Darius Force (known as Super Nova in the West) might be one of the series’ lesser-known titles, but it’s a unique little shooter that sticks to the basics of the genre, while doing several things differently from the norm.
Right from the start, the game offers you three different variations of the Silver Hawk for you to choose from, with each one being equipped with its own set of bullets, missiles, and multi-directional lasers. You won’t be seeing your weapons at full power anytime soon, though, since the game takes you back to a checkpoint with no power-ups every time you die, much like the original arcade Darius (thankfully, increasing your power levels now isn’t as hard as it was in that game). Also tied to Darius Force‘s power-up system is the fact that, when used simultaneously, your main and secondary weapons are shot at half power each, thus making you think which aspect of your arsenal – range or firepower – to prioritize at all times (it doesn’t help that now you have to switch between your ship’s two secondary weapon types using the R button). This game also marks the first appearance of the series’ iconic giant laser beams in the form of an extremely rare power-up that grants you a single-use, screen-long laser once obtained.
The graphics and sound are improved over Darius Twin, while having the darker, grittier style that many shooters were adopting around the mid-90s. The story is told on an eerily silent intro composed of text, “archival footage” of some of the original Darius‘s most iconic moments, then sudden bursts of static and bubbles that transition into a simple title screen backed only by the creepy sound of heartbeats.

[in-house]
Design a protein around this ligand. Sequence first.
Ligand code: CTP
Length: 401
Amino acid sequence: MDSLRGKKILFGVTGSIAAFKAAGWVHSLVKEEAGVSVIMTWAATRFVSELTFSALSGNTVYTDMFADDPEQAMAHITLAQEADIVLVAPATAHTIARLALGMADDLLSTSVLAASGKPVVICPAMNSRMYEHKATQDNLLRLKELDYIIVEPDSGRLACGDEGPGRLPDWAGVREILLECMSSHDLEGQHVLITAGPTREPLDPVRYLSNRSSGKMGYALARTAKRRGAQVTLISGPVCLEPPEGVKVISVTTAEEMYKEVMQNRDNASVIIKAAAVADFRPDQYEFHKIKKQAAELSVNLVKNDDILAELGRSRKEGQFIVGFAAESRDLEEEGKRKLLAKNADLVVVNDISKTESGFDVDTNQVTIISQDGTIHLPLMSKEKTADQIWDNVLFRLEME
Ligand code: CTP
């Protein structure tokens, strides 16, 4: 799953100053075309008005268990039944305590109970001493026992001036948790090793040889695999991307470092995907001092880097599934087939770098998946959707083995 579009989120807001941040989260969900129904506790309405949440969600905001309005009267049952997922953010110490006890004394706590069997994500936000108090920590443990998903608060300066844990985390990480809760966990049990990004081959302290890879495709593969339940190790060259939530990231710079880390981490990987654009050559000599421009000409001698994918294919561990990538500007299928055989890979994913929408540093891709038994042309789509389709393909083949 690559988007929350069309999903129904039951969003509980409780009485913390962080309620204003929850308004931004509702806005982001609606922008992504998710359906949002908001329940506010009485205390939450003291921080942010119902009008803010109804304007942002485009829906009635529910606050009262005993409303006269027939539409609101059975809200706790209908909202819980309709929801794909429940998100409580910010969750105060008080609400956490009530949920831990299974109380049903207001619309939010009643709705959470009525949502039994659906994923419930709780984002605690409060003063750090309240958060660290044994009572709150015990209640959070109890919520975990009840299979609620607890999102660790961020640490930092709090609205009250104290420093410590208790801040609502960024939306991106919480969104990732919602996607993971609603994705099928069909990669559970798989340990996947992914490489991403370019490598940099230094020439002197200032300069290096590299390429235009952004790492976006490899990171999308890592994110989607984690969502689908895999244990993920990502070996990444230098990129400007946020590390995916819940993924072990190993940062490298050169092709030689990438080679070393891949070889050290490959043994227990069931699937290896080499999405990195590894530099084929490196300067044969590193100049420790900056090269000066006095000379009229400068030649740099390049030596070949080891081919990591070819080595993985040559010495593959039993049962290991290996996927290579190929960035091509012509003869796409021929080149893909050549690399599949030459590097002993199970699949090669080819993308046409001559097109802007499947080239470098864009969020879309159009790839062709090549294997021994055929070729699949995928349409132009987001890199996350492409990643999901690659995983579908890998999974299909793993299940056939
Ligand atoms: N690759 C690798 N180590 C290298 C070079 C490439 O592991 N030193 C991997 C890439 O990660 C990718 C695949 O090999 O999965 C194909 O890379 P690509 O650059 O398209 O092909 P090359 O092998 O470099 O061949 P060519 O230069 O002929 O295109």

Thankfully, Darius Force‘s presentation isn’t as simplistic as it seems to be at first, with the game making some interesting uses of the SNES’s graphical effects. Zone J, with its rotating stage layout (a la R-Type III) and chameleon boss (one of the few non-marine-critter-inspired enemies in the series!), works as a particularly great showcase of the system’s rotation and transparency capabilities, with a few stages also having some impressive multi-layered backgrounds and diagonal scrolling being applied to them.
This game’s soundtrack marks Zuntata’s departure from the peppy, upbeat tunes that marked its early career to the moodier, almost dreamlike compositions that made its later works famous. However, its frequent repetition and bland instrumentation make it rather dull overall.
Darius Force feels more like a Gradius or R-Type game at times, but it’s still very much its own thing. As a cool bonus for Taito fans, though, a few of the enemies, like the final boss Zandick II, are from Syvalion.